ISP LAB ALUMNI
Former Graduate/Postdoctoral Students
Elizabeth Brey was a postdoctoral fellow in lab from 2016-2020. She received a PhD in psychology from University of Wisconsin-Madison. Her research focused on the causes and consequences of children’s group-level biases. How do young children learn stereotypes about different groups despite living in egalitarian communities? How do children’s group-level stereotypes affect negatively stereotyped children? As a postdoc, she was funded by a postdoctoral NSF grant and a NRSA from NIH, where she examined how children use nonverbal information to make group level judgments about other children. Elizabeth is now working as an Applied Research and Evaluation Advisor at Education Northwest.
Chanel Meyers received her Ph.D. in Social Psychology from UH Mānoa in 2018. She graduated from Western Oregon University and was born and raised in Hawaii. He research examines how increasing diversity in society shapes intergroup processes across contexts and groups. Using a social-cognitive approach, Chanel examines how contexts and social norms influence cognition, behaviors and social interactions, with a focus on racial diversity, race-related norms and social perception. Chanel completed a postdoc at York University working with Dr. Kerry Kawakami and is now an Assistant Professor at Whitman College.
Ashley Morris received her Ph.D. in Developmental Psychology from UH Mānoa in 2017. She has a B.A. from Wellesley College and an M.A. from UH Mānoa. Her research focuses on social-cognitive development of preschool-aged children. Specifically, she is interested in how children learn to seek information from the world around them (e.g., parents, peers, media). She has worked on projects about parent-child conversations about autobiographical memory, early development of infants at risk for developing autism, and Native Hawaiian parental beliefs about young children's learning. Her future research plans include looking at how parent-child conversations may work together with media to encourage children to engage in science topics. For more information, please click here. Ashley is currently a faculty member at Leeward Community College.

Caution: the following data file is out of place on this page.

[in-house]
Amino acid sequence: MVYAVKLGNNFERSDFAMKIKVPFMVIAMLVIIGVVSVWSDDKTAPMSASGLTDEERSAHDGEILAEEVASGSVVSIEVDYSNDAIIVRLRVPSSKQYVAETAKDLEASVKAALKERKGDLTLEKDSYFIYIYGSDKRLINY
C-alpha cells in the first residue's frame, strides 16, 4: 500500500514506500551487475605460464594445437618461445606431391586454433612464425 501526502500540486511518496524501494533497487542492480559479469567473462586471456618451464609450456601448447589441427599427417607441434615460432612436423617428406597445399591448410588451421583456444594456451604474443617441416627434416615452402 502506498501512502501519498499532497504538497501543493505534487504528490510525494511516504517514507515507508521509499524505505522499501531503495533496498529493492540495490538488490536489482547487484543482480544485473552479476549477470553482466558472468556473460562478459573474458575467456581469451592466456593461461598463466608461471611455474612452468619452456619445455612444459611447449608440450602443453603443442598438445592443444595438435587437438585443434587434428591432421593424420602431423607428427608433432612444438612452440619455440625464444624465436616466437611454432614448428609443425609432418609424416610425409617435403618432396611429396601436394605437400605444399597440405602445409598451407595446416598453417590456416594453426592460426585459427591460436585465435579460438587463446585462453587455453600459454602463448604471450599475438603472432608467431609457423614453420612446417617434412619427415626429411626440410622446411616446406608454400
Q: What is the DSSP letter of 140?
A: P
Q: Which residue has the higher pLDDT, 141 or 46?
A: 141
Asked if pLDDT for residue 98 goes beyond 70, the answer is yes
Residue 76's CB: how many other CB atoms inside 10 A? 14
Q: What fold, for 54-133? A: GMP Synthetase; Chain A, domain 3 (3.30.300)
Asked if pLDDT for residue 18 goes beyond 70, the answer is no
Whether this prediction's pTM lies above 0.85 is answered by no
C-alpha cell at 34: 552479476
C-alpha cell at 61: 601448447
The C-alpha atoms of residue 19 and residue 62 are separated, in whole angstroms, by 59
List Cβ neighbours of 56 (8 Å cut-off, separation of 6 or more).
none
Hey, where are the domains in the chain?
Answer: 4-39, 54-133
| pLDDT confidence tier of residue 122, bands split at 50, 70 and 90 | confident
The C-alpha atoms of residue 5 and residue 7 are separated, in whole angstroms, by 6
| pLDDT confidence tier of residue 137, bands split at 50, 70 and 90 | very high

Cara Bellwood Ray received her Ph.D. in Developmental Psychology from UH Mānoa in 2017. She received a B.A. in Psychology from Whitworth University and M.S. in Psychology from the University of Oregon. Generally, she is interested in how attending college affects the developmental stage of emerging adulthood. Cara is currently an Instructional Associate at Linfield College.
Heather Zezeck received her M.A. from UH Mānoa in 2017. Heather examines social influences on educational achievement with two specific interests: the relationship between sense of belonging and college retention and the impact of psychological stressors on the predictive validity of standardized tests.
Megan Carpenter graduated with her Ph.D. from the UH Mānoa Social Psychology Program in 2015, and served as a research coordinator with the ISP Lab from 2014-15. Megan’s research interests center around interpersonal relationships, attraction, and perceptions of gender norms. Megan is currently an Assistant Professor at St. Lawrence University.